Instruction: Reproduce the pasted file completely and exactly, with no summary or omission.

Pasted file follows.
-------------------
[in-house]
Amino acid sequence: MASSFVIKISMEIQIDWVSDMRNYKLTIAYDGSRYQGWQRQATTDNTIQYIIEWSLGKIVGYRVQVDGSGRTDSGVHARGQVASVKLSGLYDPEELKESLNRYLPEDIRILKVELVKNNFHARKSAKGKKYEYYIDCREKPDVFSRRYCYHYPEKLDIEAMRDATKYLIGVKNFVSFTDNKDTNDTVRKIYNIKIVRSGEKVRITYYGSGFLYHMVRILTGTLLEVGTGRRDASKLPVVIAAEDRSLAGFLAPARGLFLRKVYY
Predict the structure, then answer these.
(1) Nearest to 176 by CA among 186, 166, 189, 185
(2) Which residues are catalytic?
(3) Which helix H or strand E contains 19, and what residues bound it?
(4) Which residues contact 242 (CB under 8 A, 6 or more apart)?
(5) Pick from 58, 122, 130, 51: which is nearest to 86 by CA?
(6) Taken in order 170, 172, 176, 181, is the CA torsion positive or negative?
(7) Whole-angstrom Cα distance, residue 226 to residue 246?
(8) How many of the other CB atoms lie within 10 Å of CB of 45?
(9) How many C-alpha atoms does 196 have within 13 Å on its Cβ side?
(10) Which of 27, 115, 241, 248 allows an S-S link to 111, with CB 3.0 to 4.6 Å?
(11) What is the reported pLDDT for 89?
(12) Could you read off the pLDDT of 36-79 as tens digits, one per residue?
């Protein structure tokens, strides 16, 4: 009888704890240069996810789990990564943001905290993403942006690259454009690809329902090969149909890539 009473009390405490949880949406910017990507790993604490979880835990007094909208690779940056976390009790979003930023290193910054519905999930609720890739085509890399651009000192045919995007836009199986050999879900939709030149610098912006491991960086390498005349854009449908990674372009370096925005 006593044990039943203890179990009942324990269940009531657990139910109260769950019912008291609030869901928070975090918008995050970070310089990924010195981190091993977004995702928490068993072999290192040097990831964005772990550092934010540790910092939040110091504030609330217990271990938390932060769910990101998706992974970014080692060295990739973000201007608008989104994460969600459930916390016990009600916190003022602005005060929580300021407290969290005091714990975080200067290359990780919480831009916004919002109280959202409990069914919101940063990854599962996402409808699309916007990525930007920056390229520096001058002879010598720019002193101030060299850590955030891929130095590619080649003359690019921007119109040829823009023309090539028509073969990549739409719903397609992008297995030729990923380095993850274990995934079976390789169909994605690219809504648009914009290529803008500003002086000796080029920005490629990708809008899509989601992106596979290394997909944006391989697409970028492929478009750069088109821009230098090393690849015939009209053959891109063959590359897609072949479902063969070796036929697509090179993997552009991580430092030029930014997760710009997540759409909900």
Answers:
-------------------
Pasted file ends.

[in-house]
Amino acid sequence: MASSFVIKISMEIQIDWVSDMRNYKLTIAYDGSRYQGWQRQATTDNTIQYIIEWSLGKIVGYRVQVDGSGRTDSGVHARGQVASVKLSGLYDPEELKESLNRYLPEDIRILKVELVKNNFHARKSAKGKKYEYYIDCREKPDVFSRRYCYHYPEKLDIEAMRDATKYLIGVKNFVSFTDNKDTNDTVRKIYNIKIVRSGEKVRITYYGSGFLYHMVRILTGTLLEVGTGRRDASKLPVVIAAEDRSLAGFLAPARGLFLRKVYY
Predict the structure, then answer these.
(1) Nearest to 176 by CA among 186, 166, 189, 185
(2) Which residues are catalytic?
(3) Which helix H or strand E contains 19, and what residues bound it?
(4) Which residues contact 242 (CB under 8 A, 6 or more apart)?
(5) Pick from 58, 122, 130, 51: which is nearest to 86 by CA?
(6) Taken in order 170, 172, 176, 181, is the CA torsion positive or negative?
(7) Whole-angstrom Cα distance, residue 226 to residue 246?
(8) How many of the other CB atoms lie within 10 Å of CB of 45?
(9) How many C-alpha atoms does 196 have within 13 Å on its Cβ side?
(10) Which of 27, 115, 241, 248 allows an S-S link to 111, with CB 3.0 to 4.6 Å?
(11) What is the reported pLDDT for 89?
(12) Could you read off the pLDDT of 36-79 as tens digits, one per residue?
């Protein structure tokens, strides 16, 4: 009888704890240069996810789990990564943001905290993403942006690259454009690809329902090969149909890539 009473009390405490949880949406910017990507790993604490979880835990007094909208690779940056976390009790979003930023290193910054519905999930609720890739085509890399651009000192045919995007836009199986050999879900939709030149610098912006491991960086390498005349854009449908990674372009370096925005 006593044990039943203890179990009942324990269940009531657990139910109260769950019912008291609030869901928070975090918008995050970070310089990924010195981190091993977004995702928490068993072999290192040097990831964005772990550092934010540790910092939040110091504030609330217990271990938390932060769910990101998706992974970014080692060295990739973000201007608008989104994460969600459930916390016990009600916190003022602005005060929580300021407290969290005091714990975080200067290359990780919480831009916004919002109280959202409990069914919101940063990854599962996402409808699309916007990525930007920056390229520096001058002879010598720019002193101030060299850590955030891929130095590619080649003359690019921007119109040829823009023309090539028509073969990549739409719903397609992008297995030729990923380095993850274990995934079976390789169909994605690219809504648009914009290529803008500003002086000796080029920005490629990708809008899509989601992106596979290394997909944006391989697409970028492929478009750069088109821009230098090393690849015939009209053959891109063959590359897609072949479902063969070796036929697509090179993997552009991580430092030029930014997760710009997540759409909900």
Answers: